We did an article on how come of Singapore’s top financial bloggers invest their first S$10K. While the pieces of advice work for a S$10K portfolio, readers highlighted the lack of diversification.
The Straits Times Index (STI) Exchange-Traded Funds(ETF) allows investors to invest in a variety of Singapore blue chip stocks, but it is still rather dependant on the health of Singapore’s economy.
Key Takeaways – 4 Ways To Diversify Your Portfolio Overseas:
- Invest in foreign companies listed on SGX.
- Invest in local companies with overseas exposure
- Invest in foreign companies listed on other exchanges
- Invest in funds/bonds or ETFs
Imagine this: You believe very much in a “Bak Chor Mee” business model and decide to invest heavily in it, owning up to 30 stalls all around Singapore.
You believe very much in a “Bak Chor Mee” business model and decide to invest heavily in it.
Despite being approached by several chefs to invest in their “Korean BBQ” and “Korean Ramen” businesses, you refused.
Cause “Bak Chor Mee” Is Life!
You continue putting all your lifetime savings into setting up more “Bak Chor Mee” stalls around Singapore and then it happened.
A Korean Drama took Singapore by storm and now every Singaporean thinks that eating Korean food is the way to go. No one patronises “Bak Chor Mee” stalls anymore. You just lost all your life savings.
On the other hand, should you have vested 50% of your savings setting up a few “Korean BBQ” stall, your risk is diversified from just selling “Bak Chor Mee’ alone.
Now applying this context back to investments, there is evidence to show that having a large number of international stocks is less risky than having a large number of U.S stocks. This is the same context for Singapore. You get what we are driving at!
What Are Some Of The Ways To Diversify Our Portfolio Overseas?
Contrary to popular belief, diversifying your portfolio overseas is not as complicated and troublesome than in the past.
- Unlike the past, buying and selling of investment instruments are just a few clicks away.
- Due to technology, we have access to all the information online, from fact sheet to even the price of certain stocks in real time.
With that, here are some ways we can do so.
Companies Listed On The Singapore Exchange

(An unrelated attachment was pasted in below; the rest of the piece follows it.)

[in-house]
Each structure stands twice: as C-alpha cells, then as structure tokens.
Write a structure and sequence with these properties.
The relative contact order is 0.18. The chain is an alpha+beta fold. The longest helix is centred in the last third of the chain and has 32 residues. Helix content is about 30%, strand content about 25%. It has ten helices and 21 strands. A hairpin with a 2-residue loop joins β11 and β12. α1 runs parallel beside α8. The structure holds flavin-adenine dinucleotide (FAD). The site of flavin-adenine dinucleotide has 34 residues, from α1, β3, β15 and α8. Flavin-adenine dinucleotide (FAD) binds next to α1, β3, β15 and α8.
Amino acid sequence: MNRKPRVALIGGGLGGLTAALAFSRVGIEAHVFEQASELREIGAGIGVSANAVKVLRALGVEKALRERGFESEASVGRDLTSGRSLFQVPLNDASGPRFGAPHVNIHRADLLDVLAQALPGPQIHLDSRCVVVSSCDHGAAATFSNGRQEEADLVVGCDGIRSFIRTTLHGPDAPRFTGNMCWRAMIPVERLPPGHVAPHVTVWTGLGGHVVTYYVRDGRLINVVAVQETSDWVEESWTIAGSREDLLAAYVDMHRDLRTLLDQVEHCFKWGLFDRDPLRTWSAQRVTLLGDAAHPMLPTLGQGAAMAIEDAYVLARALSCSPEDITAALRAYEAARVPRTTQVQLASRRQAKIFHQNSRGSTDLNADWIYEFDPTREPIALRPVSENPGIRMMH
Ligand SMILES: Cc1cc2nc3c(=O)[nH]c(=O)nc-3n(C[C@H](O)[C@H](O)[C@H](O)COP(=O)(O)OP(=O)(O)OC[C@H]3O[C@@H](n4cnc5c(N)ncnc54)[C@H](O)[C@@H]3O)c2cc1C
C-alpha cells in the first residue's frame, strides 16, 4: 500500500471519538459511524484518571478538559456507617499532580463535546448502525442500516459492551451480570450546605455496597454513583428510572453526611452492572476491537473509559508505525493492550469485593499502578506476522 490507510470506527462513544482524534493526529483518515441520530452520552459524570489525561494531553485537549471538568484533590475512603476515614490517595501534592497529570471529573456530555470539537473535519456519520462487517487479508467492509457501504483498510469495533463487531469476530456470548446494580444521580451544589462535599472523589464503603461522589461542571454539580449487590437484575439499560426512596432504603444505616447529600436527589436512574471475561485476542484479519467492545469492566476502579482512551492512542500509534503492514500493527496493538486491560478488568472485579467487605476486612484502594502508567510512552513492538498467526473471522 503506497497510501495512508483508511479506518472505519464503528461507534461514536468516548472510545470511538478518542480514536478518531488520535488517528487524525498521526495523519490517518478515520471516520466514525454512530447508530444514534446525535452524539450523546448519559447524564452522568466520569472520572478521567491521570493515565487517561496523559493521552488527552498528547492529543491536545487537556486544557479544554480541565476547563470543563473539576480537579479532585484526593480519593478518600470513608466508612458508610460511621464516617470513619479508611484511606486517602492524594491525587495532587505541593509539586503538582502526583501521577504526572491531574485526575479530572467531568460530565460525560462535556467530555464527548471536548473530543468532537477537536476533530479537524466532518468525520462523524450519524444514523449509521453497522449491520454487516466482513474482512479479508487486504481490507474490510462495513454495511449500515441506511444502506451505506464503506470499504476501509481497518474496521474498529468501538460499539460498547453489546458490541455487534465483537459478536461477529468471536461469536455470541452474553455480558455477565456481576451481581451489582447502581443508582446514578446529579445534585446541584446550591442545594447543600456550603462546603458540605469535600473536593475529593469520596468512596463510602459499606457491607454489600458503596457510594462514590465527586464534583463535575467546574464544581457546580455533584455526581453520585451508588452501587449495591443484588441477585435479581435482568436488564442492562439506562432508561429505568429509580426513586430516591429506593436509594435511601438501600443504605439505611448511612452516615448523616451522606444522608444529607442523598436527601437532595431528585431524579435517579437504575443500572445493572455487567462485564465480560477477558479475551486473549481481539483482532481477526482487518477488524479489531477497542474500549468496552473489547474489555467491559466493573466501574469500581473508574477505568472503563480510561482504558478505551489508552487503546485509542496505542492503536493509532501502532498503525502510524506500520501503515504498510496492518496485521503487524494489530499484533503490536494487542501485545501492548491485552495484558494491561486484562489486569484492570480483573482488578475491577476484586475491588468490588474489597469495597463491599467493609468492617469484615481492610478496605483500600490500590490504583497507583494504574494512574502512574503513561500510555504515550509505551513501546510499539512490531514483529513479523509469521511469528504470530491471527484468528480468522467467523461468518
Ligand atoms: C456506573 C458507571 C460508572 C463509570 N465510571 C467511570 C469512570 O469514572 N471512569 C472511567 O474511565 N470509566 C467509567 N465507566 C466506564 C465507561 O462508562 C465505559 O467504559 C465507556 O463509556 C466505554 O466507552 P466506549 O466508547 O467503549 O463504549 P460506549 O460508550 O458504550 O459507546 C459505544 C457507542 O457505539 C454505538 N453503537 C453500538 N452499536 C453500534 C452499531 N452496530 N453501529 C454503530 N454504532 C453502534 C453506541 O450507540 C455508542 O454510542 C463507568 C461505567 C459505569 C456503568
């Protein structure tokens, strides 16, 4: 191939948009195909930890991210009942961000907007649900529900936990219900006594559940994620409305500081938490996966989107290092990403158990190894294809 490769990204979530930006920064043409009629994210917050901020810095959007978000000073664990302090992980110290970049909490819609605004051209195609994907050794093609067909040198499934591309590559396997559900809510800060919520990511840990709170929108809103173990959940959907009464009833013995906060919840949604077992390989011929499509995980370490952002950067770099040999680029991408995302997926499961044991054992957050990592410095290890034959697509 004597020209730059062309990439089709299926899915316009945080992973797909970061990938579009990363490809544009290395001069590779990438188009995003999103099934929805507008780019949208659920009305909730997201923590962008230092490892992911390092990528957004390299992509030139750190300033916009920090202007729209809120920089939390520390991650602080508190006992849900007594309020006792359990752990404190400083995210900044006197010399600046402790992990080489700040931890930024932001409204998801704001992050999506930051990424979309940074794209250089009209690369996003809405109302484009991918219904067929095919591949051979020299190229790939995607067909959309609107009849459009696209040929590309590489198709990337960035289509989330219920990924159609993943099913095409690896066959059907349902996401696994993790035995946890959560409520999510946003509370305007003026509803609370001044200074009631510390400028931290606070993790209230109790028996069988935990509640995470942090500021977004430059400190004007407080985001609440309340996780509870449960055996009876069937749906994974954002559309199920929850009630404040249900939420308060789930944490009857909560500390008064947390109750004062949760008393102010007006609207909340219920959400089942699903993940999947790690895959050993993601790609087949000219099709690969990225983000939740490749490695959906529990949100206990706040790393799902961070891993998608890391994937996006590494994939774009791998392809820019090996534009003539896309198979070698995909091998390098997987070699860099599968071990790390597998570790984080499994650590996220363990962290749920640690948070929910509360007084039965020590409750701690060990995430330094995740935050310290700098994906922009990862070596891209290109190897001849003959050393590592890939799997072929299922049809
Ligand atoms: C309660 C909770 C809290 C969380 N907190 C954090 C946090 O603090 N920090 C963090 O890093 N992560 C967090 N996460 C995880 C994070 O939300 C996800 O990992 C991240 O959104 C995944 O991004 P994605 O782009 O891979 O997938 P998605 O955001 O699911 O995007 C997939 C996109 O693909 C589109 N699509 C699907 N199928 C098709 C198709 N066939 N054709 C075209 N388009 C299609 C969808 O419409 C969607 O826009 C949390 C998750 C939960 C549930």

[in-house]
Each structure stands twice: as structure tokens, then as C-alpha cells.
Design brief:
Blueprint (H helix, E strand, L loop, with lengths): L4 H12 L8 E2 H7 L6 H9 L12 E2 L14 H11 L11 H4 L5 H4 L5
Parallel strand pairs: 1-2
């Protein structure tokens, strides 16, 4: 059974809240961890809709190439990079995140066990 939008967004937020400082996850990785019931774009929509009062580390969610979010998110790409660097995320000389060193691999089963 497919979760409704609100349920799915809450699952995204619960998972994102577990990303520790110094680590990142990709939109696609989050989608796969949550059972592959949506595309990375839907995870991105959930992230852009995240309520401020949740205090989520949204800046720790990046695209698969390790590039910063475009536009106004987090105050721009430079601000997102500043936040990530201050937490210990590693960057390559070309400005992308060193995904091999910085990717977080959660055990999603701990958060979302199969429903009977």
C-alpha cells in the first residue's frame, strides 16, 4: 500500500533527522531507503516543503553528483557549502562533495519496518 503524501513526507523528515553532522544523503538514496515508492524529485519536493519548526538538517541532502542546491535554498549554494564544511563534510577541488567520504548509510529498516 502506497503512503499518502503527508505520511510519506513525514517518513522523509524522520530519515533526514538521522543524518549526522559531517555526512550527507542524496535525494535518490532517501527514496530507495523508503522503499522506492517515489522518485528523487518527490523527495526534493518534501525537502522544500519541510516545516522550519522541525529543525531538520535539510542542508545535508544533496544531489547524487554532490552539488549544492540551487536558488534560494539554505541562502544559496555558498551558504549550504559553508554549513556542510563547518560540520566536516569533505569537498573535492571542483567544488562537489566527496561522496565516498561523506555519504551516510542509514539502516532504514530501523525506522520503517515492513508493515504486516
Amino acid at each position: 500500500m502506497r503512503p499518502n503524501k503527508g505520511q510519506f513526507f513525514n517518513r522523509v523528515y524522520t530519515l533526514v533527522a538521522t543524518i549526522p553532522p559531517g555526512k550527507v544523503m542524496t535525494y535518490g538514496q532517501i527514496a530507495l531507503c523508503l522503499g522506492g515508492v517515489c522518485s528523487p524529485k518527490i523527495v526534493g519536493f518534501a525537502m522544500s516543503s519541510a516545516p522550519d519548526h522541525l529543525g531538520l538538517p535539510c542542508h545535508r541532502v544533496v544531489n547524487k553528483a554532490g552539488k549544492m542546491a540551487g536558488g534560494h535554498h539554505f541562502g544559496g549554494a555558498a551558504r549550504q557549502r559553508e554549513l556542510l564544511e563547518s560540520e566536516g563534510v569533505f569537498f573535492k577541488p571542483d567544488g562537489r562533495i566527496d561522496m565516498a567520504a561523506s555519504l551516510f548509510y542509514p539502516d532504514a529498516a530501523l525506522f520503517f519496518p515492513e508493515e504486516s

Singaporeans can start off first by looking in your backyard. There are actually foreign companies that chose to get listed on the Singapore Exchange (SGX). According to a survey done across 700 companies, overseas revenue made up 53% of total revenue for small and medium-sized enterprises (SMEs) and 40% of that for larger enterprises.
Two ways to go about doing so. There are actually foreign companies that chose to get listed on the Singapore Exchange (SGX). From there Singaporeans can look to invest in their shares through their preferred broker. Such companies include the likes of Chang Beer’s producer Thai Beverage from Thailand and Yangzijiang from China just to name a few.
One can also look to invest in local companies that have expanded their business overseas. According to a survey done across 700 companies, overseas revenue made up 53% of total revenue for small and medium-sized enterprises (SMEs) and 40% of that for larger enterprises. A few of such examples will be the likes of our familiar brand Singtel, which has a strong presence overseas such as Telkomsel in Indonesia and AIS in Thailand or QAF which earns most of its revenue from overseas market.
Almost everyone is familiar with companies such as Apple or Google, but little actually went ahead to invest in them.
One of our community member Jefferson actually invested in companies such as Google, Netflix and Apple with his first S$10K. The point here being, Singaporeans should not restrict themselves to only companies listed in SGX. Most of our brokerages actually allow their investors to trade overseas stocks as long as they apply for it. DBS Vickers, for example, allows one to trade U.S., Canada, Hong Kong, U.K, Australia and Japan stocks online.
A common misconception to highlight will be that companies listed on SGX mean they are safer to invest in compared to companies listed overseas. Ultimately, it all boils down to the fundamentals and performance of individual companies no matter where they might be listed.
Bonds, Funds And ETFs
There is actually a lot to choose from when it comes to the variety of bonds, funds and ETFs. Being familiar with the STI ETF, an exchange traded fund, I went on to search for an ETF that tracks the Korea Composite Price Index (KOSPI).
Take it as my first move in investing in that “Korean BBQ Stall”.
My search landed me on two methods which I can get my portfolio diversified in the Korea market.
- Invest in the iShares Core KOSPI 200 Index ETF traded on the Hong Kong Index. I can easily do so with the DBS Vickers account which I am currently using.
- The second method will be to head over to Fundsupermart and search for the best product that suits my preference using the Fund Selector.